We use brand association as a means of communicating things about us that would otherwise be borderline socially unacceptable to communicate in an adult or professional setting. Kids will walk up to each other on the playground, wave awkwardly and quickly deliver 100 words an hour: ‘Hi, I’m Kate – I like pink and Frozen and lollies and sunny days and singing and skipping and I have a pet hamster named Bubbles and my mommy has a thousand shoes and I have Dora the Explorer PJs and like Fruit Shoot. You?’. And they will get a response. This becomes less of an acceptable communication method as we advance through life (unless you live in Shoreditch), so to replace it we wear a certain color (or if you’re in financial services, a certain type of kooky socks at conferences) and drive a certain car; we drink a certain brand, and choose a certain newspaper or TV channel.
There is, of course, a difference between someone driving a Mercedes and someone choosing to drive a Mercedes and then expressing it: ‘I drive a Mercedes’ is a statement to mean they’ve chosen it, that there’s something about the values it represents that they subscribe to. Whether it’s the process of making it, its appearance, its technical prowess or its country of origin that the driver admires, the statement says parts of that and implies that they’re proud to be associated with it.
‘Meh. It is what it is. Brand happens!’
We’ll hear what people drive, what they wear and what they drink every day, but never who they bank with.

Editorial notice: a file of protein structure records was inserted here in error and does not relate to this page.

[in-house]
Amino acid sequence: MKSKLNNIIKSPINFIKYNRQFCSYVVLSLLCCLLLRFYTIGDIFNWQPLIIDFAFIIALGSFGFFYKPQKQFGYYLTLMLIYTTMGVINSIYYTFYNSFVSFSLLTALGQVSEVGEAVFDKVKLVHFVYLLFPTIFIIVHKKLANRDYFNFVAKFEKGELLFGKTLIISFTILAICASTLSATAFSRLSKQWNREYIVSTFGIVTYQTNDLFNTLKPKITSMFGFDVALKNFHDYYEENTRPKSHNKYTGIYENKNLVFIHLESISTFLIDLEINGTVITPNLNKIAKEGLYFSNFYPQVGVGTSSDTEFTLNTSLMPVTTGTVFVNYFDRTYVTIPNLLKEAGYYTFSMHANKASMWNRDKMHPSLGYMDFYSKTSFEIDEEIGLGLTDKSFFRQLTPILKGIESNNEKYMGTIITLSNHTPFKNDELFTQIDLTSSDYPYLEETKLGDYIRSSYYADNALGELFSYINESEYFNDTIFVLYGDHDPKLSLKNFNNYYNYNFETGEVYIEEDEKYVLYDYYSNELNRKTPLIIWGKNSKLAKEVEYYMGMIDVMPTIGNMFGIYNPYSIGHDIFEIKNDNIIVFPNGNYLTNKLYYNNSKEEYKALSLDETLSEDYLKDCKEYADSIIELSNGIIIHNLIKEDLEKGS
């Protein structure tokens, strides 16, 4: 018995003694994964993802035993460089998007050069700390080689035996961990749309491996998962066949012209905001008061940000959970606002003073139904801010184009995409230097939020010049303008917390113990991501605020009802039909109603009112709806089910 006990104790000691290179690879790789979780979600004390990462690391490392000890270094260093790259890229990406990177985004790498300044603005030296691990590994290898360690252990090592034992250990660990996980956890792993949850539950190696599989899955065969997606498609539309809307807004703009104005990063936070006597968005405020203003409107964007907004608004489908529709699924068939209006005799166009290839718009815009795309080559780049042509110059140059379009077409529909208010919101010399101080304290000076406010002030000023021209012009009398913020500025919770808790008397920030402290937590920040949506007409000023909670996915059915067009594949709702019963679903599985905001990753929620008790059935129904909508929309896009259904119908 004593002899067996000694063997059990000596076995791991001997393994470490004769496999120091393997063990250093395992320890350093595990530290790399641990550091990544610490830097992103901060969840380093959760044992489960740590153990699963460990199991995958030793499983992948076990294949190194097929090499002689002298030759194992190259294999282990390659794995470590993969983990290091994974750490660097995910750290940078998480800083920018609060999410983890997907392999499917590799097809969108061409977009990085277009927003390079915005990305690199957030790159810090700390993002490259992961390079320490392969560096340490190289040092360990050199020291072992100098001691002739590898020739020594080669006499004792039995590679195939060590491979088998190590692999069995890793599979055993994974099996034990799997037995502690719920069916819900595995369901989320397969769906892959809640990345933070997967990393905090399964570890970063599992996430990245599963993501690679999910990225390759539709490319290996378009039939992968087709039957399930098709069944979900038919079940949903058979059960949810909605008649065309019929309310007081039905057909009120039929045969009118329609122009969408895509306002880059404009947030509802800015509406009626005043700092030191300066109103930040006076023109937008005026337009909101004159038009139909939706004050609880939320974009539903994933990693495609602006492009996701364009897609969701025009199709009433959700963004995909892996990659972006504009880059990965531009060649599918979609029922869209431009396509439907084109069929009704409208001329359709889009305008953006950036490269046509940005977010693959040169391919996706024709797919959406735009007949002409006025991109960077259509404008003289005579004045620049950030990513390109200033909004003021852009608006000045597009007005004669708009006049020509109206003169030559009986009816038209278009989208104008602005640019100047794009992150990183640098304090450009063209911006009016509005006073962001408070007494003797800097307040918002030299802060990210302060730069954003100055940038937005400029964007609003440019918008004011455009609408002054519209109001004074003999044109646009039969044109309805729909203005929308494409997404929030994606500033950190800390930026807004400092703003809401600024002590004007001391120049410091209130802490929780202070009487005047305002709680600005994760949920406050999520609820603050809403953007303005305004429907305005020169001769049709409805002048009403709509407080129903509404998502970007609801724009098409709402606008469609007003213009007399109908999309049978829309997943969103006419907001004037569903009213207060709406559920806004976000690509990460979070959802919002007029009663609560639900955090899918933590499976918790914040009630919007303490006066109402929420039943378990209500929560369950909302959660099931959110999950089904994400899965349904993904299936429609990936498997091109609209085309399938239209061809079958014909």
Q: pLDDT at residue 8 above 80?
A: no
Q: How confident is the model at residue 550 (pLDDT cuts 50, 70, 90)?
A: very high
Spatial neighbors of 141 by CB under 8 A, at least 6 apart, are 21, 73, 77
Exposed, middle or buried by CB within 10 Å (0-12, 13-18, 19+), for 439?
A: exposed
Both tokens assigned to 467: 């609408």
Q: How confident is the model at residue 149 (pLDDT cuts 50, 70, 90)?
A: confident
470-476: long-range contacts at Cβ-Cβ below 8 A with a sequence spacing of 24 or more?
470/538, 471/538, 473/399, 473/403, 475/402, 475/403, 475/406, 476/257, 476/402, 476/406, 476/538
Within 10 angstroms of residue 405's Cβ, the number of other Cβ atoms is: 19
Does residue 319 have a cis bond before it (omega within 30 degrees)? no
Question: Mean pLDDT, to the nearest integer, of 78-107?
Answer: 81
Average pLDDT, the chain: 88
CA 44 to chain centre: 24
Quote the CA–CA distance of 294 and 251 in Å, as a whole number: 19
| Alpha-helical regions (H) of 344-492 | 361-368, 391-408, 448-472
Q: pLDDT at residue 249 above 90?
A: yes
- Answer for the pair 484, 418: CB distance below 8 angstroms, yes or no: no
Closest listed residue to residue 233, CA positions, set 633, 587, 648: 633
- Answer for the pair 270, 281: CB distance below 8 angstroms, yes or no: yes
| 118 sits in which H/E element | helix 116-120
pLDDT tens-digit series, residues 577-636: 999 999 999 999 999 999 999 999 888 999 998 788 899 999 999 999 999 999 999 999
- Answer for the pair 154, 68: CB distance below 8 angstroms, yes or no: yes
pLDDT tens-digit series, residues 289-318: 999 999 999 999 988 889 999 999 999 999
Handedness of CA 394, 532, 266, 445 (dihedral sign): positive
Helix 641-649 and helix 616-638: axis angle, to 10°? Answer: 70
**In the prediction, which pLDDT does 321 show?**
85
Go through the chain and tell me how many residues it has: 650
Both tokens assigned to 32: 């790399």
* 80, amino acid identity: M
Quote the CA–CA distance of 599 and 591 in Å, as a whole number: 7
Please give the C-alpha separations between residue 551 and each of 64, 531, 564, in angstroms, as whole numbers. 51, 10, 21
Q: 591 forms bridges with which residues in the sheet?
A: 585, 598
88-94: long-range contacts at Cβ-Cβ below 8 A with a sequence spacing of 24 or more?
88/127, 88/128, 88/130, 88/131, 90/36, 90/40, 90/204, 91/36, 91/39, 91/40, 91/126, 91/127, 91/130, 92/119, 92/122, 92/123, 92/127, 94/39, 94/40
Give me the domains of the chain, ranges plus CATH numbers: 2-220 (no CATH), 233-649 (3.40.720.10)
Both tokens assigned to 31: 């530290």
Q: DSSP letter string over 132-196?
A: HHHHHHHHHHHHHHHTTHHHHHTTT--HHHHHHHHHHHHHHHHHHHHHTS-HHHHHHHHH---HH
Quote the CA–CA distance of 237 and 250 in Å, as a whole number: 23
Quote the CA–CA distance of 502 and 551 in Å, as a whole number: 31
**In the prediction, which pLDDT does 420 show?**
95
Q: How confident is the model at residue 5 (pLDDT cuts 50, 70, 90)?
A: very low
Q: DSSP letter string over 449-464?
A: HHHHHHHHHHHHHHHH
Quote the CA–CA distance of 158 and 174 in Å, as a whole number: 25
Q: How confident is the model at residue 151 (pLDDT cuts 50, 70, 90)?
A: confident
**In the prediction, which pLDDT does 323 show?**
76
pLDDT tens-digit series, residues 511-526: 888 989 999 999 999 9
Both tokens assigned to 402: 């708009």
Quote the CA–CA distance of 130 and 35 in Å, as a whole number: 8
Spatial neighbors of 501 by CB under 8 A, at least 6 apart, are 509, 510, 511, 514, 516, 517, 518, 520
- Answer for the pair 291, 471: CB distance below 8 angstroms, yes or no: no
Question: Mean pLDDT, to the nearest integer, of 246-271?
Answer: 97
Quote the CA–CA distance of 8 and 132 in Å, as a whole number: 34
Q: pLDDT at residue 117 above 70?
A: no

‘I bank with Lloyds’ should say so much about someone. It should say ‘I’m conservative in nature and careful with my money (yet, not as far backwards as to be with the biggest bank in the world) and I like my bank to give me some digital convenience (yet, I don’t appreciate the sci-fi pie charts or the all-black browser experiences, and don’t mind the maddeningly tedious password entry experience). I like how they occasionally try and keep up with the times (yet, don’t want them to be trying too hard and give me doggy treats or video banking for mortgages). I like that I can send money to my spouse (but don’t care how much it costs or how painless it is to do so), and hey, I even like green.’ If Lloyds were a brand, customers would say it, be proud of it and expect it to mean something.
When the CheBanca! team thinks of vision, direction and translates that into product, they intently drive what capital they’re building in their brand in person and online. It’s beyond creating users personas and sticking them on the walls – it’s carving a sense of emotional investment with every gesture and every choice of color, and then sustaining that with service and interaction. They’re inserting themselves into the fabric of who their consumers are and want to be. How do I know this? I don’t. I never sat down with them or witnessed this, but I’m willing to bet my last euro that they don’t expect any of the narrative around what it means to bank with them to just happen and pay it no mind, or they would not have built a brand beloved by Italians above the likes of Nike or Starbucks.
Brand does happen, but addictive, beloved brand doesn’t. It takes work and it takes passion, so if we have any of those left in banking at the end of a day debating acronyms and technology, let’s invest them into the consumer’s ’emotional current account’ by building something he can be proud being part of.